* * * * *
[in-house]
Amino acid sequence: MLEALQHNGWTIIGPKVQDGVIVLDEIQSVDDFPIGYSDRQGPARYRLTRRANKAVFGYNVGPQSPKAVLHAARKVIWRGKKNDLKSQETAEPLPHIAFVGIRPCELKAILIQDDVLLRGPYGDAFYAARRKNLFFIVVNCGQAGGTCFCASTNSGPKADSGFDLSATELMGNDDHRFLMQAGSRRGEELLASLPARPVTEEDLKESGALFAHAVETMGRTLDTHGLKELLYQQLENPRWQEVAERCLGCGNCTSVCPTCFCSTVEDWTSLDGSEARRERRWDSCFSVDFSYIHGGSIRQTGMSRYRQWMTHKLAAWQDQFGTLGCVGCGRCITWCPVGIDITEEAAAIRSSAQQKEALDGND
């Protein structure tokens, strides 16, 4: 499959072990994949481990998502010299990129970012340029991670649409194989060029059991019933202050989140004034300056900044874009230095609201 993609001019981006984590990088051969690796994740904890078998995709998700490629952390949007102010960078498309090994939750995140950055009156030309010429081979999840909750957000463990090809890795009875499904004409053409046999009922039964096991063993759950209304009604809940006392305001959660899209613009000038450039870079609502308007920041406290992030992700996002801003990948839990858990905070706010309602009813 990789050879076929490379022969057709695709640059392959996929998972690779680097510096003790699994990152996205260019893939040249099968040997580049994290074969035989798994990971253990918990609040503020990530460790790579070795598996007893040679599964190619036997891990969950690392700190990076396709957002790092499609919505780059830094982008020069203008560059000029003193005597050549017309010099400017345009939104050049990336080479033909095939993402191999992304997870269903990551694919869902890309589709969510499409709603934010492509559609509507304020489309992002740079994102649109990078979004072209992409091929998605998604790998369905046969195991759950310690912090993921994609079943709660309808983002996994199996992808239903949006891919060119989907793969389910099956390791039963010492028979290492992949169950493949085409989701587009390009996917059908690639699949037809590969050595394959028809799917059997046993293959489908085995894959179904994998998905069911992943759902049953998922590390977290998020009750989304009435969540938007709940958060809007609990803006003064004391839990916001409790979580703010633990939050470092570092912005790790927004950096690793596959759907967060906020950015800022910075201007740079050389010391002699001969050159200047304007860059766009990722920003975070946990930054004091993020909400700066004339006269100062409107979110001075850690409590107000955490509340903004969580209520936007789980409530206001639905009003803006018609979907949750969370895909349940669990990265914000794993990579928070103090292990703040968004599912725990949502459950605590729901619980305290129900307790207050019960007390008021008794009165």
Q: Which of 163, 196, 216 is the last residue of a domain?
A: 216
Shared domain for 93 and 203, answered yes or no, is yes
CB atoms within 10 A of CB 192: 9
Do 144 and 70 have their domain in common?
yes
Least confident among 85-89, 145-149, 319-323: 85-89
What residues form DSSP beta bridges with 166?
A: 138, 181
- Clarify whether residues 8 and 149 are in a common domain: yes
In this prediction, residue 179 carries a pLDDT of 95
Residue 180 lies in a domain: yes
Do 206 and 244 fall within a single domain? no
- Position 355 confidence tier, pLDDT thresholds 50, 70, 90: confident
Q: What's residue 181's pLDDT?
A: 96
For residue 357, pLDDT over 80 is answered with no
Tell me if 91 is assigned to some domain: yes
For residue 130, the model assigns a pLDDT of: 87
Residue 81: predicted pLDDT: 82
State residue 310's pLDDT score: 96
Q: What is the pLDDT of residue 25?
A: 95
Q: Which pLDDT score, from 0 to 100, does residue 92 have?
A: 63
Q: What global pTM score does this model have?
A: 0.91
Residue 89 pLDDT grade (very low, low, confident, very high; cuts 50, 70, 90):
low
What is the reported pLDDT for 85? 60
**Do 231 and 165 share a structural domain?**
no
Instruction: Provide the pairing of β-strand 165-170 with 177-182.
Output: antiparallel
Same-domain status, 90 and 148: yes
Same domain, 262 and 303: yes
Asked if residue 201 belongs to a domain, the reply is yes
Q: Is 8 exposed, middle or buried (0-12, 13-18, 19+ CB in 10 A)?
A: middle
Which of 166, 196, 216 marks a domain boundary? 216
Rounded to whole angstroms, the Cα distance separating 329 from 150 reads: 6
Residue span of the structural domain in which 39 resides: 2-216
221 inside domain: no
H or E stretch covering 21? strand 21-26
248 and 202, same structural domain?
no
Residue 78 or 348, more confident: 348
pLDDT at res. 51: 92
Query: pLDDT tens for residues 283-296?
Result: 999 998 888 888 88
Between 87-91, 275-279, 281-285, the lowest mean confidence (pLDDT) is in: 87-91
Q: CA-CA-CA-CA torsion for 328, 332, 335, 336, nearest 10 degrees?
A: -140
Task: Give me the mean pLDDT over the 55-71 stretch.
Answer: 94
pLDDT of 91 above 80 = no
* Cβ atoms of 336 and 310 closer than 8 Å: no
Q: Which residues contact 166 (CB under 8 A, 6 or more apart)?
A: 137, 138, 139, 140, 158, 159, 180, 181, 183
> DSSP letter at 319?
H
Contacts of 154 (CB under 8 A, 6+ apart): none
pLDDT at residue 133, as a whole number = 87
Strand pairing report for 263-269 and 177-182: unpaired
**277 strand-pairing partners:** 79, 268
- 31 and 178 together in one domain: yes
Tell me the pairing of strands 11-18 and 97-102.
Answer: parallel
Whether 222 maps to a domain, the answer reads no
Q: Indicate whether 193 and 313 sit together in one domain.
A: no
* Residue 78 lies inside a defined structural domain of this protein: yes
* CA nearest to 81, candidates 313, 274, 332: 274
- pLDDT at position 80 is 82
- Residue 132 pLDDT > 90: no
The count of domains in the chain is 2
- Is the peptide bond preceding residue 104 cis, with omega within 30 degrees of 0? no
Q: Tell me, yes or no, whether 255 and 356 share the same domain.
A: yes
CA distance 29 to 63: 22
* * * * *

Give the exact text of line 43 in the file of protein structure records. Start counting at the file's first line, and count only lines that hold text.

Which of 166, 196, 216 marks a domain boundary? 216